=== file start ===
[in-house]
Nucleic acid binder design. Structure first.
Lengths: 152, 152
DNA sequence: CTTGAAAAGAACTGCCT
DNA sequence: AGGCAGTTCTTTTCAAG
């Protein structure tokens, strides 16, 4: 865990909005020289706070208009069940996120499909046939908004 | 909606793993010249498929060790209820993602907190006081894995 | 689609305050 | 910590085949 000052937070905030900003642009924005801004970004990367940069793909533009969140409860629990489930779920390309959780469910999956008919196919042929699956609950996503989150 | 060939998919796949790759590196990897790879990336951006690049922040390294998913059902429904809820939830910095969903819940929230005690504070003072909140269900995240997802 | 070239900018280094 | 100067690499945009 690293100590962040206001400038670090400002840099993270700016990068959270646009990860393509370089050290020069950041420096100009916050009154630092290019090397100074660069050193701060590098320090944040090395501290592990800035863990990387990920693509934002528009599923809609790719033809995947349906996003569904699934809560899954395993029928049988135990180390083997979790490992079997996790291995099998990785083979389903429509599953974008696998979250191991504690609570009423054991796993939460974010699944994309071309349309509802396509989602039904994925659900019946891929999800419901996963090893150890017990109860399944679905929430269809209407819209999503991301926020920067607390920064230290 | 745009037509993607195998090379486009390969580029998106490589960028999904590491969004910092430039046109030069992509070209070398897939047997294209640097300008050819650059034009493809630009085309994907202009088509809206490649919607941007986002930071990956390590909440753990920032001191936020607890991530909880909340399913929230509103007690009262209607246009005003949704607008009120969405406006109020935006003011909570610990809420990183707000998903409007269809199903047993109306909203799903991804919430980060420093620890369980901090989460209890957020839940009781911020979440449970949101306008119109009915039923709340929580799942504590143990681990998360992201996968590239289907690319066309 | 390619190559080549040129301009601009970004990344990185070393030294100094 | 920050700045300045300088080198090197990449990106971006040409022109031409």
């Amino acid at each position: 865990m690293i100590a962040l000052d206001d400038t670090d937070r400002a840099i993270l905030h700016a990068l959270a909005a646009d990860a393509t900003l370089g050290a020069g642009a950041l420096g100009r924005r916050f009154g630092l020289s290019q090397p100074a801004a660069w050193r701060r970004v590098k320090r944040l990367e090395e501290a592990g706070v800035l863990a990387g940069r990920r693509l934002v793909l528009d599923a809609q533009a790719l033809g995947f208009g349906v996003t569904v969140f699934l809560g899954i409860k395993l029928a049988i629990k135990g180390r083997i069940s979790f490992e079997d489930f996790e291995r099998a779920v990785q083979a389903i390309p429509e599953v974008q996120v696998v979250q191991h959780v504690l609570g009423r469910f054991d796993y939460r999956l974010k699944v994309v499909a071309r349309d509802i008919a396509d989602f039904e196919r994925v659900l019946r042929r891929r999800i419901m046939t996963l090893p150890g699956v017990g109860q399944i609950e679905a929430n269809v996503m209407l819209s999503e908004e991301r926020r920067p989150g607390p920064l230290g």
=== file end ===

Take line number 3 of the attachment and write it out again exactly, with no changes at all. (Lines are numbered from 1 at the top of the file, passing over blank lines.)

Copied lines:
Lengths: 152, 152